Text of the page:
Space Program: Space Debris a Potential Threat to Space Station and Shuttle : Report to the Chairman, Committee on Science, Space, and Technology, House of Representatives

Front Cover
 

What people are saying - Write a review

We haven't found any reviews in the usual places.

Common terms and phrases

Popular passages

Page 9 - Subcommittee on Space Science and Applications, House Committee on Science, Space, and Technology, the Administrator said that he was not ready to recommend a long-range implementation plan for the agency.
Page 2 - HC A03/MF A01; also available from GAO. Gaithersburg, MD HC first five copies free, additional copies $2.00 Experts estimate that more than 3.5 million man-made objects are orbiting the earth. These objects - space debris - include whole and fragmentary parts of rocket bodies and other discarded equipment from space missions. About 24,500 of these objects are 1 centimeter across or larger. A 1 -centimeter man-made object travels in orbit at roughly 22,000 miles per hour.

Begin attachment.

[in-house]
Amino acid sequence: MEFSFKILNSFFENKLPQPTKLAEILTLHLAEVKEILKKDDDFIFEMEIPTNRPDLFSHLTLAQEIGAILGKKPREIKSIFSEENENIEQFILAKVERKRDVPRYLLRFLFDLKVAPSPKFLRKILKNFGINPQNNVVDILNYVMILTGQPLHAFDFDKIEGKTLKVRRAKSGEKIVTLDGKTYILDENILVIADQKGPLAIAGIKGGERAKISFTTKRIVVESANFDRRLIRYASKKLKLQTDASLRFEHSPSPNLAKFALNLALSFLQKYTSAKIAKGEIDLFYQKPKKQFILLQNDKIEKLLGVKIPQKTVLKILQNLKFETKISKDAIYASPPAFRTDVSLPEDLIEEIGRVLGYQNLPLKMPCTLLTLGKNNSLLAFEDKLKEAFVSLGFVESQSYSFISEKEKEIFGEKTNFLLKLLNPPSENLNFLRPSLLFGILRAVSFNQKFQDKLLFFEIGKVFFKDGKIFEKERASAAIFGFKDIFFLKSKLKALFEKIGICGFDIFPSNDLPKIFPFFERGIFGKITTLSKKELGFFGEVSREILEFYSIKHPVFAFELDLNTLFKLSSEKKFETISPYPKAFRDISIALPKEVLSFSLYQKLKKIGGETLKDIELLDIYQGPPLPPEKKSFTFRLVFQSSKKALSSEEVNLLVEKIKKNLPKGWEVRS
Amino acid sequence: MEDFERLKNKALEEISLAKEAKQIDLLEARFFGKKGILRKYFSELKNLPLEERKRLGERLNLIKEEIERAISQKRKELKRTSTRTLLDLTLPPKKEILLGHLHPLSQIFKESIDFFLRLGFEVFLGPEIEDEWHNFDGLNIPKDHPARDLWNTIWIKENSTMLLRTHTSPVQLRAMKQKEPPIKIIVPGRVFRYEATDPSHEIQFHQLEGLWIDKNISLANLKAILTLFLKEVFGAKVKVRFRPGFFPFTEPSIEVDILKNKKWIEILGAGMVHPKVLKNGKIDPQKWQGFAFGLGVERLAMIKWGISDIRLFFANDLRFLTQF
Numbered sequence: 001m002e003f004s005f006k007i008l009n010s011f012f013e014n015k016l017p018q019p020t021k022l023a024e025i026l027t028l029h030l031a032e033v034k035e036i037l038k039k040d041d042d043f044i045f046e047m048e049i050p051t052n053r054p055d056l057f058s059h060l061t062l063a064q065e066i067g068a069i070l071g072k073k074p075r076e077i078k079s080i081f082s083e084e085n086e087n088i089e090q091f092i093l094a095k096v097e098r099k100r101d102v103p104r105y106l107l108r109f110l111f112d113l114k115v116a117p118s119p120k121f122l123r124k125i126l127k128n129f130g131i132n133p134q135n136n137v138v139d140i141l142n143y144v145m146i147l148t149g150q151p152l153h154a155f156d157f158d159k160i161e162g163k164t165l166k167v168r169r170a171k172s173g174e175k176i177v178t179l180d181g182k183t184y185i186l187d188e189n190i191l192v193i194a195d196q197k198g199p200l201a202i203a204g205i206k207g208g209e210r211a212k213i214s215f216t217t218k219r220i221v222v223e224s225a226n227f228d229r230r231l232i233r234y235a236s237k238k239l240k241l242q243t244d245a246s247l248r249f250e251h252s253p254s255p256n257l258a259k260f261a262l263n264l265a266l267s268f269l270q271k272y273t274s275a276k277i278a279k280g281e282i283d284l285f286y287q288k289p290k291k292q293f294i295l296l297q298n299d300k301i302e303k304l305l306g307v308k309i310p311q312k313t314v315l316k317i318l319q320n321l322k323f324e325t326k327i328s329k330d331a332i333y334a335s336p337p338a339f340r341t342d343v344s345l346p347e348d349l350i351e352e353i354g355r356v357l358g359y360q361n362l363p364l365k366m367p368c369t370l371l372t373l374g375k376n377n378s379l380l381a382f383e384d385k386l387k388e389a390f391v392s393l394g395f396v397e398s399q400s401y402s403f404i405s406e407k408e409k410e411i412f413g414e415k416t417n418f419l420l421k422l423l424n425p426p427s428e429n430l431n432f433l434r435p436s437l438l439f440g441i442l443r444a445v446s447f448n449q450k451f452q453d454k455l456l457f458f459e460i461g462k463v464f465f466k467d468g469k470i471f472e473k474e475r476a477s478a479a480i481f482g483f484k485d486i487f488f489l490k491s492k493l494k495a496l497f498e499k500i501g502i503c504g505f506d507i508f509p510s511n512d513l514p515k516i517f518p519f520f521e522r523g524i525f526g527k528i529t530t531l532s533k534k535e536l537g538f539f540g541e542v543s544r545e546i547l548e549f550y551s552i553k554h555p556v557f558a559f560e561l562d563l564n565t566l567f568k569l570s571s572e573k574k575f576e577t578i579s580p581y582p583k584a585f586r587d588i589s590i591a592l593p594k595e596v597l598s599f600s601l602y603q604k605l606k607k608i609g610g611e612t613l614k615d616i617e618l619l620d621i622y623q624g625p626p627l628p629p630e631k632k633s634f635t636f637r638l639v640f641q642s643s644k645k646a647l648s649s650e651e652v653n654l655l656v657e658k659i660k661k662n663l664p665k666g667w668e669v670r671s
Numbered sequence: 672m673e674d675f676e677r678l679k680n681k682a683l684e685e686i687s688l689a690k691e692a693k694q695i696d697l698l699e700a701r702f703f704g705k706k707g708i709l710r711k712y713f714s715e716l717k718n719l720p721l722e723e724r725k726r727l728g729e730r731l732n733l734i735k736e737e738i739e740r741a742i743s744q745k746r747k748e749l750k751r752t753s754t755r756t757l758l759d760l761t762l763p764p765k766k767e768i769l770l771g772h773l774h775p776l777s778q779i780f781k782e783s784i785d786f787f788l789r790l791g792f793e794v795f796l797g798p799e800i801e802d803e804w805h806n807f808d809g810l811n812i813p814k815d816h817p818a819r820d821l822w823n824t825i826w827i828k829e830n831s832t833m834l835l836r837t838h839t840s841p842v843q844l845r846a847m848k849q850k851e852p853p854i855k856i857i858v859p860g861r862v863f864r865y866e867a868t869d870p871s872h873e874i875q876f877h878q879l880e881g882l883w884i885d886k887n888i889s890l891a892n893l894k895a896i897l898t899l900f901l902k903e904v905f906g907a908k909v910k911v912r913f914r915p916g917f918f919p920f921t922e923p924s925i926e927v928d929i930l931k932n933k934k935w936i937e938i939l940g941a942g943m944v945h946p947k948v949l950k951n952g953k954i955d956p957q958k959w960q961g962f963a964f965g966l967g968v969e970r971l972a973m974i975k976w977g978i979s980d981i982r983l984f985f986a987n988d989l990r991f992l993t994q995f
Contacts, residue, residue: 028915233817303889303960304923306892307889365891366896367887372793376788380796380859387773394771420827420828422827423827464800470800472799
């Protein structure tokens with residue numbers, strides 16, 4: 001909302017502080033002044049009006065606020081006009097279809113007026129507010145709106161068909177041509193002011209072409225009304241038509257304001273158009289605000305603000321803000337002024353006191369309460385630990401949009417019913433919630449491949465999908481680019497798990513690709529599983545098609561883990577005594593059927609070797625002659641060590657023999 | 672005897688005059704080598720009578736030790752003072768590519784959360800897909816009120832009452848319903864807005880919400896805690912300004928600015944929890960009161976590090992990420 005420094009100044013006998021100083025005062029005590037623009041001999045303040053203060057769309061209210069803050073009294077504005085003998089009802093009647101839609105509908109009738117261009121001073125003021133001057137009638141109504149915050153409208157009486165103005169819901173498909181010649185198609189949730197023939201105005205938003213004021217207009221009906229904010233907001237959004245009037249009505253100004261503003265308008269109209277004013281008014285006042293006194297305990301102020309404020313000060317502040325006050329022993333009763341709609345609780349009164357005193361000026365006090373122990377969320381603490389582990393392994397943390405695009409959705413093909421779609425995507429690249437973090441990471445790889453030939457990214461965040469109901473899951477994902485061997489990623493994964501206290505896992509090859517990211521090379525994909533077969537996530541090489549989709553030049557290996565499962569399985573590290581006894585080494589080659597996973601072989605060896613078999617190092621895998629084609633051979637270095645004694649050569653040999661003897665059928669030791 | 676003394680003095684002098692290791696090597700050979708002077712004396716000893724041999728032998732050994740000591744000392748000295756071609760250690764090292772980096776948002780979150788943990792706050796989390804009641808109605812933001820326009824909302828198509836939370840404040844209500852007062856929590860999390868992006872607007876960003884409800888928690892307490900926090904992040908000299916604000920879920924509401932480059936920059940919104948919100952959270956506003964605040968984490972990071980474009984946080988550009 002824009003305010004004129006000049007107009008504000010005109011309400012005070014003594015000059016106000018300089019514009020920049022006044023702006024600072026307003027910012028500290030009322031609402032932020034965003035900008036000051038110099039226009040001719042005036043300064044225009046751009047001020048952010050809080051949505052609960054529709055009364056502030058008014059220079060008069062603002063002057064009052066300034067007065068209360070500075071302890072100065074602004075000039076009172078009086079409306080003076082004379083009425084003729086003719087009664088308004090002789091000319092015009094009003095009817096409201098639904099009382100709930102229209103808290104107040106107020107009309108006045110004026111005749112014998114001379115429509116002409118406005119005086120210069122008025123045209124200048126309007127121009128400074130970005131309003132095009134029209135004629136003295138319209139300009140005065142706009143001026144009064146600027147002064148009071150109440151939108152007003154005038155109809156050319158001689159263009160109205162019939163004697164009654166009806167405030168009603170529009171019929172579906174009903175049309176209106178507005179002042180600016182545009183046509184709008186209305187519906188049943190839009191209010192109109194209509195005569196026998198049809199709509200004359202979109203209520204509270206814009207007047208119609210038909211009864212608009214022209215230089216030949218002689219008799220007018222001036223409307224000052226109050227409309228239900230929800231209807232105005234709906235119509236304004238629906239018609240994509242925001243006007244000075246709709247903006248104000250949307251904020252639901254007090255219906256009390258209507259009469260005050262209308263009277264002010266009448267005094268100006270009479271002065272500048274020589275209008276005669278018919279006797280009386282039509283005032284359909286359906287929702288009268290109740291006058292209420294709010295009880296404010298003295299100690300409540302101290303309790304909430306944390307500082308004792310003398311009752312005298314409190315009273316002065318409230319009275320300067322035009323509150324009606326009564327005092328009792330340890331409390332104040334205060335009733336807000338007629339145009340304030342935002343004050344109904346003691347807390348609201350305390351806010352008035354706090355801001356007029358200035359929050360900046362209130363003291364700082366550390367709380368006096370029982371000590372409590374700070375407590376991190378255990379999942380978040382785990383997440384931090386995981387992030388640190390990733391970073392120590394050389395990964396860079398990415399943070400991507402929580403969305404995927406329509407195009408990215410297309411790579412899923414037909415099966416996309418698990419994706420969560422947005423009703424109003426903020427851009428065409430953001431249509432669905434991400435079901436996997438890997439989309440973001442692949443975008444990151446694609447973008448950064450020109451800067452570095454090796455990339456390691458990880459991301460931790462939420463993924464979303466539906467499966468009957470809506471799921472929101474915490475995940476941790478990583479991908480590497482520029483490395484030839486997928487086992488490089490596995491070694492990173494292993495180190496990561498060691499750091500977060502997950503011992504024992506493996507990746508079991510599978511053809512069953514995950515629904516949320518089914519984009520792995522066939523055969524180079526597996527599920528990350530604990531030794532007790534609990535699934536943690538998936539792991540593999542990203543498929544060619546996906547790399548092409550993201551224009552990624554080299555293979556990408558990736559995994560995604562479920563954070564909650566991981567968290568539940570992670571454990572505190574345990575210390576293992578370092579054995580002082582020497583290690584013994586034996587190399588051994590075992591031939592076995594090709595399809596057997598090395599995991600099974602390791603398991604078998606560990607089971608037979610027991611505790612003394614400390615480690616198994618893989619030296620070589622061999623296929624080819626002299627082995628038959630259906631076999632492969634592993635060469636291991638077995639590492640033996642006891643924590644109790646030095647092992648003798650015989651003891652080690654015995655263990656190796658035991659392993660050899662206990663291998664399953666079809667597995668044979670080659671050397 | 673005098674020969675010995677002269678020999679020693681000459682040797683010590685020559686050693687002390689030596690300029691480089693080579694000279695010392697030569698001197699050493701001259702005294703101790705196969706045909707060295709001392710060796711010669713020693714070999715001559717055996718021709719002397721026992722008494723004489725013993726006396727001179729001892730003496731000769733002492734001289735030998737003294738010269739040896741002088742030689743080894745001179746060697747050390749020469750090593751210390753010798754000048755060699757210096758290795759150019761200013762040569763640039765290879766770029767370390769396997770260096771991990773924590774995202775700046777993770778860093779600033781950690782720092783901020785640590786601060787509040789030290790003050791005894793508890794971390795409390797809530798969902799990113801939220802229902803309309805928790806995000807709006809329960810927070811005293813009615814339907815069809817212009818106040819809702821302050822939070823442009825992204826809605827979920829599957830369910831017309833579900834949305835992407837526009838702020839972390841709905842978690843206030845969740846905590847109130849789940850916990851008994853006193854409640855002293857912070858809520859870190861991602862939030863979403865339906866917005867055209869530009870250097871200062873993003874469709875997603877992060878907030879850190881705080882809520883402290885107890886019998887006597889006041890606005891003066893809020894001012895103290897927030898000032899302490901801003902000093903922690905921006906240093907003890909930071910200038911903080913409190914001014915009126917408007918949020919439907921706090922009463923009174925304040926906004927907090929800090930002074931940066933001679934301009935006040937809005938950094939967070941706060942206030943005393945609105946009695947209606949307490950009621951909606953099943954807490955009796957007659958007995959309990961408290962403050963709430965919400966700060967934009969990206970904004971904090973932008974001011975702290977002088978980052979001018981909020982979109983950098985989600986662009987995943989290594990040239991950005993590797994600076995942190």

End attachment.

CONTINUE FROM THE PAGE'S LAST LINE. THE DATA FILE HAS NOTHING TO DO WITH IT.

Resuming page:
Page 10 - Surface erosion Possibly serious damage Bowling ball at 60 mph (88 ft/sec) 1 cm aluminum sphere at 10 km/sec 400 Ib. safe at 60 mph (88 ft/sec) Source: Report on Orbital Debris, by Interagency Group (Space), National Security Council, February 1989.
Page 16 - uses of the station encompass a broad spectrum of research disciplines including life sciences, material sciences, astrophysics, earth sciences, planetary sciences, and commercial applications.
Page 17 - Shuttle flights starting in 1996, to get all of the elements, systems, and support equipment to low Earth orbit.
Page 25 - ... if the maneuver does not compromise either primary payload or mission objectives.
Page 8 - The natural objects are meteoroids (meteor particles), while the orbiting man-made objects — space debris — include whole and fragmentary parts of rocket bodies and other discarded equipment from space missions.
Page 9 - A 1 -centimeter man-made object travels in orbit at roughly 22,000 miles per hour. lf it hit a spacecraft, it would do about the same damage as would a 400-pound safe traveling at 60 miles per hour. The Government Accounting Office (GAO) reviews NASA's plans for protecting the space station from debris, the extent and precision of current NASA and Defense Department (DOD) debris-tracking capabilities, and the extent to which debris has already affected shuttle operations. GAO recommends that the...
Page 11 - DC; we also met with representatives of the Jet Propulsion Laboratory in Pasadena, California; the Goddard Space Flight Center in Greenbelt, Maryland; and the Lyndon B.

Bibliographic information